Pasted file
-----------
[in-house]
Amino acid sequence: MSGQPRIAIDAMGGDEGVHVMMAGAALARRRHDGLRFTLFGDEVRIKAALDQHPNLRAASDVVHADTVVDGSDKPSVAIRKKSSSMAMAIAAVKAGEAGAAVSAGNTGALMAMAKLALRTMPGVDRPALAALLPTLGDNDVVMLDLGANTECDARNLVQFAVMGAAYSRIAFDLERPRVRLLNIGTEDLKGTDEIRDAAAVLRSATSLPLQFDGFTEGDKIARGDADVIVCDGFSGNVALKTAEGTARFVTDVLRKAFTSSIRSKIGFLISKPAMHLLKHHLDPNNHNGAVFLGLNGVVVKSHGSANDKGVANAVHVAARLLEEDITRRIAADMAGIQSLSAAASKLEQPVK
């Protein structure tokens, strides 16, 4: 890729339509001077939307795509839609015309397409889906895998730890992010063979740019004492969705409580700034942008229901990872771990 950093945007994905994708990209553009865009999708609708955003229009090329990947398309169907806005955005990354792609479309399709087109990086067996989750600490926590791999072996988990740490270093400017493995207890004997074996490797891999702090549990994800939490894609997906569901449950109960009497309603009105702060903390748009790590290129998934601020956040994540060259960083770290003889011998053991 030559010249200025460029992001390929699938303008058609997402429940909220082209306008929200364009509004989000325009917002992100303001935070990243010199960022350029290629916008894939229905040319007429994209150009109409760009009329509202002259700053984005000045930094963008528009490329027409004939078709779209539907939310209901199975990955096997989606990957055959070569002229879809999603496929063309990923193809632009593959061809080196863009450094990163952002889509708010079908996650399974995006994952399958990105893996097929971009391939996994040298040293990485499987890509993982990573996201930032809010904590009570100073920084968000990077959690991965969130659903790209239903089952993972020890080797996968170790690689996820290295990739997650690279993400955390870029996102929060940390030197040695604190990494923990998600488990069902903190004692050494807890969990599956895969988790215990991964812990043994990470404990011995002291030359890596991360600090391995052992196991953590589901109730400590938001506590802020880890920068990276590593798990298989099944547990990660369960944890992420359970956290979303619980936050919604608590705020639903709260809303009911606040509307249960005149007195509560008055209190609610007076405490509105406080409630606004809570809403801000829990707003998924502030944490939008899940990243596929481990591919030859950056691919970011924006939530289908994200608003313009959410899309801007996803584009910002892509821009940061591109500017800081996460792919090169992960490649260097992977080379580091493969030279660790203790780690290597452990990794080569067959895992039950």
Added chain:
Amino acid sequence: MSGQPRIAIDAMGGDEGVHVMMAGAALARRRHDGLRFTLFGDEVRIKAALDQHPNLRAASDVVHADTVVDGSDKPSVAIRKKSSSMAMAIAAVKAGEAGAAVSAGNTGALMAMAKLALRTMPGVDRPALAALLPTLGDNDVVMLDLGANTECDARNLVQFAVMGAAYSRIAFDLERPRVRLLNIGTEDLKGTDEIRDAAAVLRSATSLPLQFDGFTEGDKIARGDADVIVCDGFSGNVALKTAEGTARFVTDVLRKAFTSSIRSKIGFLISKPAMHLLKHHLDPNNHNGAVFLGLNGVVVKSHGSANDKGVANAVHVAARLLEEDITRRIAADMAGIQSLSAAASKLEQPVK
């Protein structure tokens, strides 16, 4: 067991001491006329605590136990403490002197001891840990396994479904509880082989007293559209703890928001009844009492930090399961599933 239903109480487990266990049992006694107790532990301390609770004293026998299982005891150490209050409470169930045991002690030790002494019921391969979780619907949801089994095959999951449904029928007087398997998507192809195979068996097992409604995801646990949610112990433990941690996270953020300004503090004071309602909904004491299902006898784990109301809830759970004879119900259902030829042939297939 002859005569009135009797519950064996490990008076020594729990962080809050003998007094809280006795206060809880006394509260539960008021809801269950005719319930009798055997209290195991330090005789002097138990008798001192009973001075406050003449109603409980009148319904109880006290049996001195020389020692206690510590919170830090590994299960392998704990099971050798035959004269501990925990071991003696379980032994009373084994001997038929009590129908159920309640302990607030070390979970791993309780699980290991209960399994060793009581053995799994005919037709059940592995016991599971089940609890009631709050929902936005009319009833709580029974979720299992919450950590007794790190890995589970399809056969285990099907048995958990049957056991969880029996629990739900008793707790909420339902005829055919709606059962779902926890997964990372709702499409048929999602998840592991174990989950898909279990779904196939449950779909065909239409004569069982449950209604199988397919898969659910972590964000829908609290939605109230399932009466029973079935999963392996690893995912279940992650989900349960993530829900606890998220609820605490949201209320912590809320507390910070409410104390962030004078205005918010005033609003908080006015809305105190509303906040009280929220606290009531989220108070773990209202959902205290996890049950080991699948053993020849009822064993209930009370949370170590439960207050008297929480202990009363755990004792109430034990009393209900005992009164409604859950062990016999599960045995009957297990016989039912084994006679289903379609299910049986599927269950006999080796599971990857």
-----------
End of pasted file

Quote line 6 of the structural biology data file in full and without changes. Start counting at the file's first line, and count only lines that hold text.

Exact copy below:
């Protein structure tokens, strides 16, 4: 067991001491006329605590136990403490002197001891840990396994479904509880082989007293559209703890928001009844009492930090399961599933 239903109480487990266990049992006694107790532990301390609770004293026998299982005891150490209050409470169930045991002690030790002494019921391969979780619907949801089994095959999951449904029928007087398997998507192809195979068996097992409604995801646990949610112990433990941690996270953020300004503090004071309602909904004491299902006898784990109301809830759970004879119900259902030829042939297939 002859005569009135009797519950064996490990008076020594729990962080809050003998007094809280006795206060809880006394509260539960008021809801269950005719319930009798055997209290195991330090005789002097138990008798001192009973001075406050003449109603409980009148319904109880006290049996001195020389020692206690510590919170830090590994299960392998704990099971050798035959004269501990925990071991003696379980032994009373084994001997038929009590129908159920309640302990607030070390979970791993309780699980290991209960399994060793009581053995799994005919037709059940592995016991599971089940609890009631709050929902936005009319009833709580029974979720299992919450950590007794790190890995589970399809056969285990099907048995958990049957056991969880029996629990739900008793707790909420339902005829055919709606059962779902926890997964990372709702499409048929999602998840592991174990989950898909279990779904196939449950779909065909239409004569069982449950209604199988397919898969659910972590964000829908609290939605109230399932009466029973079935999963392996690893995912279940992650989900349960993530829900606890998220609820605490949201209320912590809320507390910070409410104390962030004078205005918010005033609003908080006015809305105190509303906040009280929220606290009531989220108070773990209202959902205290996890049950080991699948053993020849009822064993209930009370949370170590439960207050008297929480202990009363755990004792109430034990009393209900005992009164409604859950062990016999599960045995009957297990016989039912084994006679289903379609299910049986599927269950006999080796599971990857």